At the time, the system was regarded as a ‘secret weapon’ of the Allied Forces. The RAF could scramble aircraft and intercept the surprised Luftwaffe pilots over the channel after receiving a warning of Luftwaffe formations over France. Without Watson-Watt's clout, such a system might not have been put in place in time.
Other countries' technological and operational advancements lagged behind those in the United Kingdom. As an example, radar in the United States failed to detect the Japanese attack on Pearl Harbor in 1941 (16 months after the Battle of Britain).
Despite having been detected, the attackers were not identified with certainty, and no countermeasures could be arranged because there was no system to use the information. Therefore, Watson-Watt did indeed invent radar.
Watson-research In 1936, Watt's team was transferred to the Air Government, and he commanded it until 1938, when he passed it over to A. P. Rowe and went on to a number of ministerial advisory jobs after that.
He worked as a government adviser and leader of delegations to international meetings after the war, and (after 1952) as an independent technical consultant in Canada and the United States. In the same year, he divorced Margaret Robertson, whom he had married in 1916, and married Jean Smith, who died in 1964. He married Katherine Jane Trefusis-Forbes in 1966. There were no youngsters in the room.
In 1941, he was made a fellow of the Royal Society of London, and in 1942, he was knighted. He was awarded the United States Medal of Merit, the Royal Society's Hughes Medal, and the Franklin Institute's Elliott Cresson Medal.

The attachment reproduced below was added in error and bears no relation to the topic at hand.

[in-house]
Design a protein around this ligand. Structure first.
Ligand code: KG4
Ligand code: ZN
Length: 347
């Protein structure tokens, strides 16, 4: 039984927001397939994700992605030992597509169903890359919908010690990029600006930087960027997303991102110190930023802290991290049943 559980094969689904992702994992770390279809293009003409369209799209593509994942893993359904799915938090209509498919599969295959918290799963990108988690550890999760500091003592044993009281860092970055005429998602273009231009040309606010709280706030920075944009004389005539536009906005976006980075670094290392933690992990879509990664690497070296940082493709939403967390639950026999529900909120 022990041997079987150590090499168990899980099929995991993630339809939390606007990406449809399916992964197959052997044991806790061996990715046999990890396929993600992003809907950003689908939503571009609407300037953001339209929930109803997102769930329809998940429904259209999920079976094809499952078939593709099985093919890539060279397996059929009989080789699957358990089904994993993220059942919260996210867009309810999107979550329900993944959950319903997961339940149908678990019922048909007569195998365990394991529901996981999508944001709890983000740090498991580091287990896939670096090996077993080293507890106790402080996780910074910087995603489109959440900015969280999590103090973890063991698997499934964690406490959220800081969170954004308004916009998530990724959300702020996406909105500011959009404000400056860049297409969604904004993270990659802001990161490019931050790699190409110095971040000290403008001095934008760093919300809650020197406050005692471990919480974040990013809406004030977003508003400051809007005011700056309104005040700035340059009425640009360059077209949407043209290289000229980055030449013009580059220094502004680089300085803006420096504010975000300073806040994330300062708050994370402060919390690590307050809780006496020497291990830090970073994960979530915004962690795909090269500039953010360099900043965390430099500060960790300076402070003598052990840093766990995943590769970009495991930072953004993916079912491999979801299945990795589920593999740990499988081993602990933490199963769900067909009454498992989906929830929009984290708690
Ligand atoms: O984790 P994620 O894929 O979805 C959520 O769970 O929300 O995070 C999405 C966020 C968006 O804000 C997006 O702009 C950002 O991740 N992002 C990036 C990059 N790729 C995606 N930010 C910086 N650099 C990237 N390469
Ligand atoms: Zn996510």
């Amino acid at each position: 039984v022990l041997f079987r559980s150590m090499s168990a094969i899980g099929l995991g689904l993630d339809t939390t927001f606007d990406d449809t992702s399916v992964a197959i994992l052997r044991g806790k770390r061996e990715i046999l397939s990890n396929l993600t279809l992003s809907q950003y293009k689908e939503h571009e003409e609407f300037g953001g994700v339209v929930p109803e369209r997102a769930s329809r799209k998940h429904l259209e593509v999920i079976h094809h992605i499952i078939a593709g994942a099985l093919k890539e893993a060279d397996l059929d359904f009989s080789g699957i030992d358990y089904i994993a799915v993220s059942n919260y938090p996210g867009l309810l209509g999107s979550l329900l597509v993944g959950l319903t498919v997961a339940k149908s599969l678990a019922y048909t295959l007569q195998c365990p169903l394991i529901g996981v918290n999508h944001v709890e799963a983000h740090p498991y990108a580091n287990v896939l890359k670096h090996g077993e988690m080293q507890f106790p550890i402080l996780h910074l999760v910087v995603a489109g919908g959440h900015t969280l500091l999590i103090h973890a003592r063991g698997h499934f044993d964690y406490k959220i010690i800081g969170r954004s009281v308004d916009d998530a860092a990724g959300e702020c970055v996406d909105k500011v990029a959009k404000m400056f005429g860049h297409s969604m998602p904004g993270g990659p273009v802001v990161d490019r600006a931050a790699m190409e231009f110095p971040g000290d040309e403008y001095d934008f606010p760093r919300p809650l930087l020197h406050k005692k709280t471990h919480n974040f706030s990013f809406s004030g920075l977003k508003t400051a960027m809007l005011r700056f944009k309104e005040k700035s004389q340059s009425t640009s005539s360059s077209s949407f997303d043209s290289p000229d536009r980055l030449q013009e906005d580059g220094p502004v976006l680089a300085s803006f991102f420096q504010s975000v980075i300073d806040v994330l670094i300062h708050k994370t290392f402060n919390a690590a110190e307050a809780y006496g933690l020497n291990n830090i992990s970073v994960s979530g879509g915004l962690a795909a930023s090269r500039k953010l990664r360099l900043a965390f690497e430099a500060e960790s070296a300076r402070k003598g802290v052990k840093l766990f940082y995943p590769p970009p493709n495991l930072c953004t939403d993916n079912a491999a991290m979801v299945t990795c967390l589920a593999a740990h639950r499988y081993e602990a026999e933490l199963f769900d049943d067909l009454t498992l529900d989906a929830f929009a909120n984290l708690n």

Many benign applications for radar technology were discovered after the war. To keep commercial airplanes from colliding, air traffic controllers now rely on the radar.
Radar is necessary for weather forecasting. In microwave ovens, the cavity magnetron is currently employed to cook food. According to reports, many motorists have been caught speeding by police radar guns, including Sir Watson-Watt himself.
Princess Royal inaugurated a statue of Sir Robert Watson-Watt in Brechin on September 3, 2014. Eddie Izzard starred as Watson Watt in the BBC Two drama Castles in the Sky a day later.
The National Library of Scotland maintains a collection of Watson-correspondence Watt's and documents. The University of Dundee's Archive Services also has a collection of Watson-Watt-related papers.
The Watson-Watt auditorium is a briefing facility at RAF Boulmer named after him.
Watson-Watt named on a memorial honoring the birth of radar at Stowe Nine Churches.
A memorial at the site of the first successful RADAR experiments in Daventry.
I adore the thought of someone coming up with a brilliant idea out of thin air in a time of tremendous need. It's equivalent from being a magician to being an entrepreneur. There's nothing there one minute, and suddenly, ta-da, you've transformed a phantom kernel into a tangible reality.
The Luftwaffe would have destroyed Britain if this weatherman hadn't had a few suggestions. That is, without a doubt, the case. They would not have been able to be stopped by the RAF.
The first spark for a project or organization can develop to become something significant, far-reaching, and impactful, just like a single match can light a magnificent, awe-inspiring fire.